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what will happen with the overlapping portion of boost once C++0x becomes mainstream?

Will boost still contain everything it used to, or will they adapt the library to update it with the new std:: stuff?

Will boost have both a normal c++ version and a c++0x version that they will maintain?

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4 Answers 4

up vote 11 down vote accepted

One would hope that Boost continues to support existing classes, for a couple of reasons.

First, there is a body of code that uses the overlapping features in Boost that needs to be supported, for some time.

Second, overlapping implementations allow me to select which one I'd prefer to use. There might be some difference between std::Frob and Boost::Frob that is important to my project, and having a choice is good.

In the long term, though, I would expect a migration toward the standard from both the application writers and the tools providers. That makes it a less risky choice to go with std::.

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I think it might be annoying for the interface into the boost functions to be not std:: – Brian R. Bondy Jan 1 '09 at 18:09
also there are many compilers not supporting everything of boost immediately. even if they get std::bind , it misses some of the features of boost::bind – ᐅ Johannes Schaub - litb ᐊ Jan 1 '09 at 18:21
This is exactly why namespaces were added - so code can coexist. – Paul Beckingham Jan 1 '09 at 18:33

I am not affiliated with Boost and have no they idea what they will do but it seems like Boost will be left untouched.

There already has been released TR1 (VS 2008 feature pack) and Boost was left untouched. Since many users have not adopted Boost or TR1 yet, my prediction is that for at least next five years boost and c++0x libraries will exist in different namespaces and availaible for C++0x users as well as C++ users.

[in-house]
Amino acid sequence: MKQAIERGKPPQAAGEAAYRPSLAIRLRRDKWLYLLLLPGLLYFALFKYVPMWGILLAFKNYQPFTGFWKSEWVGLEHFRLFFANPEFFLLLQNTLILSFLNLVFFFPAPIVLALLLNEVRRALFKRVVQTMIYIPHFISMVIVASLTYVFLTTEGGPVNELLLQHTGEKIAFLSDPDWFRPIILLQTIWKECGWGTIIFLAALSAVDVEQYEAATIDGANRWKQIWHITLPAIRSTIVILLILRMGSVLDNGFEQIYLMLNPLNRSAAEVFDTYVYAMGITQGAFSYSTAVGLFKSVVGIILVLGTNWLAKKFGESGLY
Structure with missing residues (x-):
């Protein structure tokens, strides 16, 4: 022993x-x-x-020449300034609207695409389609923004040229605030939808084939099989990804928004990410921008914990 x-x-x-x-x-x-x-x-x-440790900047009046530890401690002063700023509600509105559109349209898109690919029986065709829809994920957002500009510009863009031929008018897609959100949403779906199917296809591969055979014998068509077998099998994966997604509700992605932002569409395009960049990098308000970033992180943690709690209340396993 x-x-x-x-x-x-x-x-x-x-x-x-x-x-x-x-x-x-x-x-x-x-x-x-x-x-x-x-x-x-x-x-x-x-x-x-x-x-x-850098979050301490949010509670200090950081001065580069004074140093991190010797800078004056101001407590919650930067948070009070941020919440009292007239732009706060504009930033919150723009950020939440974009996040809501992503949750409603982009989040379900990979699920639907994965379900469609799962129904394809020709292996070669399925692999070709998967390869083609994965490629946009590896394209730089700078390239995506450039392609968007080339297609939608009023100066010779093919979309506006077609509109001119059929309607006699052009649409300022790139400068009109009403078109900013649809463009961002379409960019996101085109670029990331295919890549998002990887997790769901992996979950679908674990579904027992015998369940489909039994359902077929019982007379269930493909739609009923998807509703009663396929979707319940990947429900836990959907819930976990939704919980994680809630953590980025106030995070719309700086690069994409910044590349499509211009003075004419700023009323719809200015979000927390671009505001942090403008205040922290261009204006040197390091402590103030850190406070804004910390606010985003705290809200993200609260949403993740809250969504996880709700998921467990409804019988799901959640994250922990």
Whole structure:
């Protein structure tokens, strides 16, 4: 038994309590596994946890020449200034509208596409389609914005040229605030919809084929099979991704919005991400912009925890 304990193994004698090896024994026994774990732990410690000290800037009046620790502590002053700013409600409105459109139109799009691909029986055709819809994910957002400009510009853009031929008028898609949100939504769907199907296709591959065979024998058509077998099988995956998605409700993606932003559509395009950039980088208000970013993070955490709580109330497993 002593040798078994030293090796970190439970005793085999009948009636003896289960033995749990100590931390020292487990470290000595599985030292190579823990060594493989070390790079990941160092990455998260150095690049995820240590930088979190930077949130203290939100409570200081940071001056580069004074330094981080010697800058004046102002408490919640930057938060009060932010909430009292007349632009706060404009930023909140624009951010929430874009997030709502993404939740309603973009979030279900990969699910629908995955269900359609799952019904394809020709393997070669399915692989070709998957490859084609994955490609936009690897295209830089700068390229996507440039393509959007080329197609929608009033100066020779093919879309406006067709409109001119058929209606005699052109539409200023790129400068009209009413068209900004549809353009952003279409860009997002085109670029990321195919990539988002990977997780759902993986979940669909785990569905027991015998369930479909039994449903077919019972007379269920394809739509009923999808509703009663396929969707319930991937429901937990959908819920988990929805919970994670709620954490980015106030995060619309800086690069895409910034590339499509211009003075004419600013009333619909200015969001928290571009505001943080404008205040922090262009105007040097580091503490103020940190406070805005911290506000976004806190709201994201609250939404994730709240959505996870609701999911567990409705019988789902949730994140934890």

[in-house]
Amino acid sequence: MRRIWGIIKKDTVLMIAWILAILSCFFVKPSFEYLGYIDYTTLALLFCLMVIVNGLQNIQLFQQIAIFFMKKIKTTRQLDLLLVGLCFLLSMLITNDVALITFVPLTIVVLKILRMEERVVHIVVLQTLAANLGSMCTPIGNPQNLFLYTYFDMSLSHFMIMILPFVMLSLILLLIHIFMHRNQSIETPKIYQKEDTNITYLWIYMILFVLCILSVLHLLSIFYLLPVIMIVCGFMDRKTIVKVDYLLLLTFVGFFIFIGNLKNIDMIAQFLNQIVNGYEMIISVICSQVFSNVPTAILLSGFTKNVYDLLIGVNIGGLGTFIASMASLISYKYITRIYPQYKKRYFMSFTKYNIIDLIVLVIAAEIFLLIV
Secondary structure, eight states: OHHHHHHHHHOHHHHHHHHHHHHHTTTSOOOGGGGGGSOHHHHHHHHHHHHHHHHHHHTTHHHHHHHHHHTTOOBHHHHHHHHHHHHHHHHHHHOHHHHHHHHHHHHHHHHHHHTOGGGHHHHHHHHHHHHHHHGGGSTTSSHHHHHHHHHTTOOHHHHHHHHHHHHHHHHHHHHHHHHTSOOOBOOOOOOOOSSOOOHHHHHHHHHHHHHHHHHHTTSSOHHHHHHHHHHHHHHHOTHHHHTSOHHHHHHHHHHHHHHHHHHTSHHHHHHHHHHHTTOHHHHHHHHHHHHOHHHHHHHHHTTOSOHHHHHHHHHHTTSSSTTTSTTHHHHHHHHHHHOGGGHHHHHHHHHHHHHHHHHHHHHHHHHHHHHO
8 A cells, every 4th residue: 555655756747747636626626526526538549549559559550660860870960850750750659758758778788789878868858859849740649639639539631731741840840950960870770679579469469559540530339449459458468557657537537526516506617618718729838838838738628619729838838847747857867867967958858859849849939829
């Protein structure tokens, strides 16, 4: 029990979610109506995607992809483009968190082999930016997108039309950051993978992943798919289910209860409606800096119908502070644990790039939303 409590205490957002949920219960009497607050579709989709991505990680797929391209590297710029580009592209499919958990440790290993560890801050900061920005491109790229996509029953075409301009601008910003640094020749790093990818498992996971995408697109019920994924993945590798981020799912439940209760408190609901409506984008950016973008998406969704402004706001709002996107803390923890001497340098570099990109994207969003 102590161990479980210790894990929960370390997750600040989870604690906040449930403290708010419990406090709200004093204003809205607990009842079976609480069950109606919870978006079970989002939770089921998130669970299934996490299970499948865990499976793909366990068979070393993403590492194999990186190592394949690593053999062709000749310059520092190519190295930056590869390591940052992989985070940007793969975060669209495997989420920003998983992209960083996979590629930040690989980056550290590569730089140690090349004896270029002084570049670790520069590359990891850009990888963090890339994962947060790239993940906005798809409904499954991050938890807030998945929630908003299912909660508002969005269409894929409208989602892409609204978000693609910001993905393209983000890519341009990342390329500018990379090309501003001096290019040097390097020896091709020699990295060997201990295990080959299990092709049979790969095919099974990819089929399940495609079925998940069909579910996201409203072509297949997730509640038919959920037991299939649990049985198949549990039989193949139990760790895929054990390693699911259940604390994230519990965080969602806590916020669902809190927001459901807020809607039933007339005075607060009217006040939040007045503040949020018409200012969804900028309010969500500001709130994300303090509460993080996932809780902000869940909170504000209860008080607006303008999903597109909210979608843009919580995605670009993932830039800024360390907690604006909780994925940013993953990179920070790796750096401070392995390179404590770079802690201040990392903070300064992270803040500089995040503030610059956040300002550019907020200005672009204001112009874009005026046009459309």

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If you think that the boost library would change because one compiler added overlapping functionality -- 'nuff said. Read what compilers 1.37 was tested with at – gnud Jan 1 '09 at 21:21

Namespaces make this somewhat of a non-issue for the Boost developers. There is no direct contention between the boost libraries and the standard libraries because they exist in separate namespaces. Therefore, changes to namespace std (for example the addition of std::tr1) have no direct impact on Boost.

Note however, that if you are importing both libraries (std and boost) into the global namespace, then you will have issues.

The following quote from the Boost TR1 documentation also sheds some light regarding Boost's implementation of TR1 components, suggesting that the corresponding Boost library will be maintained for the foreseeable future:

The TR1 library provides an implementation of the C++ Technical Report on Standard Library Extensions. This library does not itself implement the TR1 components, rather it's a thin wrapper that will include your standard library's TR1 implementation (if it has one), otherwise it will include the Boost Library equivalents, and import them into namespace std::tr1.

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Do you mean tr1?

Boost already supports tr1. All the classes from boost that have been adopted into std::tr1 are available in this namespace from boost. See the following documentation.

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